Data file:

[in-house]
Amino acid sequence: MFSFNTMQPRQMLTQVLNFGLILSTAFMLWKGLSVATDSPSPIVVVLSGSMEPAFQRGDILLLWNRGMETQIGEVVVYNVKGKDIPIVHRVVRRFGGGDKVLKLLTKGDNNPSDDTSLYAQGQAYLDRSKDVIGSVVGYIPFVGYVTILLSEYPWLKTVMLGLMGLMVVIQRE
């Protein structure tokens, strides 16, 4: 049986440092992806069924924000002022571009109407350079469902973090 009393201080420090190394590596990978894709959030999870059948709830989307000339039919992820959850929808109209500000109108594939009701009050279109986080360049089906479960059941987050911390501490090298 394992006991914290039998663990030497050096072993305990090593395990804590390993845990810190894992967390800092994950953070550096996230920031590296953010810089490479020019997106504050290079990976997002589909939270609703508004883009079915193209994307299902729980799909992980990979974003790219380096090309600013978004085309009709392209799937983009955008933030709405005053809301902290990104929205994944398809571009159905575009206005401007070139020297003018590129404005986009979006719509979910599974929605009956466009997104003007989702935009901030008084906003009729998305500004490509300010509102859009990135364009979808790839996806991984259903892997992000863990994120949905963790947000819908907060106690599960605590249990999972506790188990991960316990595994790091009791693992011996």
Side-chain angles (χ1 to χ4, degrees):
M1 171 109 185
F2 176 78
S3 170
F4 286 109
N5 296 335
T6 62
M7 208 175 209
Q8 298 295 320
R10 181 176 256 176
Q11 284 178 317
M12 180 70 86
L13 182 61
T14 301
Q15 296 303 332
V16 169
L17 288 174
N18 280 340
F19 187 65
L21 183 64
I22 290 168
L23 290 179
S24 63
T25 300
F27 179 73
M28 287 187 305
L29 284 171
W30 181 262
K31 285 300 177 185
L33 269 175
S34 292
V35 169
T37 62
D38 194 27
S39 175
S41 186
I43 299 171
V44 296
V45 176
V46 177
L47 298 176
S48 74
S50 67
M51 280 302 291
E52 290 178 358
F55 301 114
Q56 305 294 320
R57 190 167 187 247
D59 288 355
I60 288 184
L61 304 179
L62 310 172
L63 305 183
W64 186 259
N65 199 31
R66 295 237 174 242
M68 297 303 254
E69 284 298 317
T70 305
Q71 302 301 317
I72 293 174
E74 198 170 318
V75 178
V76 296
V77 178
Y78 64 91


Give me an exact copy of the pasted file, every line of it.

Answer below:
[in-house]
Amino acid sequence: MFSFNTMQPRQMLTQVLNFGLILSTAFMLWKGLSVATDSPSPIVVVLSGSMEPAFQRGDILLLWNRGMETQIGEVVVYNVKGKDIPIVHRVVRRFGGGDKVLKLLTKGDNNPSDDTSLYAQGQAYLDRSKDVIGSVVGYIPFVGYVTILLSEYPWLKTVMLGLMGLMVVIQRE
């Protein structure tokens, strides 16, 4: 049986440092992806069924924000002022571009109407350079469902973090 009393201080420090190394590596990978894709959030999870059948709830989307000339039919992820959850929808109209500000109108594939009701009050279109986080360049089906479960059941987050911390501490090298 394992006991914290039998663990030497050096072993305990090593395990804590390993845990810190894992967390800092994950953070550096996230920031590296953010810089490479020019997106504050290079990976997002589909939270609703508004883009079915193209994307299902729980799909992980990979974003790219380096090309600013978004085309009709392209799937983009955008933030709405005053809301902290990104929205994944398809571009159905575009206005401007070139020297003018590129404005986009979006719509979910599974929605009956466009997104003007989702935009901030008084906003009729998305500004490509300010509102859009990135364009979808790839996806991984259903892997992000863990994120949905963790947000819908907060106690599960605590249990999972506790188990991960316990595994790091009791693992011996």
Side-chain angles (χ1 to χ4, degrees):
M1 171 109 185
F2 176 78
S3 170
F4 286 109
N5 296 335
T6 62
M7 208 175 209
Q8 298 295 320
R10 181 176 256 176
Q11 284 178 317
M12 180 70 86
L13 182 61
T14 301
Q15 296 303 332
V16 169
L17 288 174
N18 280 340
F19 187 65
L21 183 64
I22 290 168
L23 290 179
S24 63
T25 300
F27 179 73
M28 287 187 305
L29 284 171
W30 181 262
K31 285 300 177 185
L33 269 175
S34 292
V35 169
T37 62
D38 194 27
S39 175
S41 186
I43 299 171
V44 296
V45 176
V46 177
L47 298 176
S48 74
S50 67
M51 280 302 291
E52 290 178 358
F55 301 114
Q56 305 294 320
R57 190 167 187 247
D59 288 355
I60 288 184
L61 304 179
L62 310 172
L63 305 183
W64 186 259
N65 199 31
R66 295 237 174 242
M68 297 303 254
E69 284 298 317
T70 305
Q71 302 301 317
I72 293 174
E74 198 170 318
V75 178
V76 296
V77 178
Y78 64 91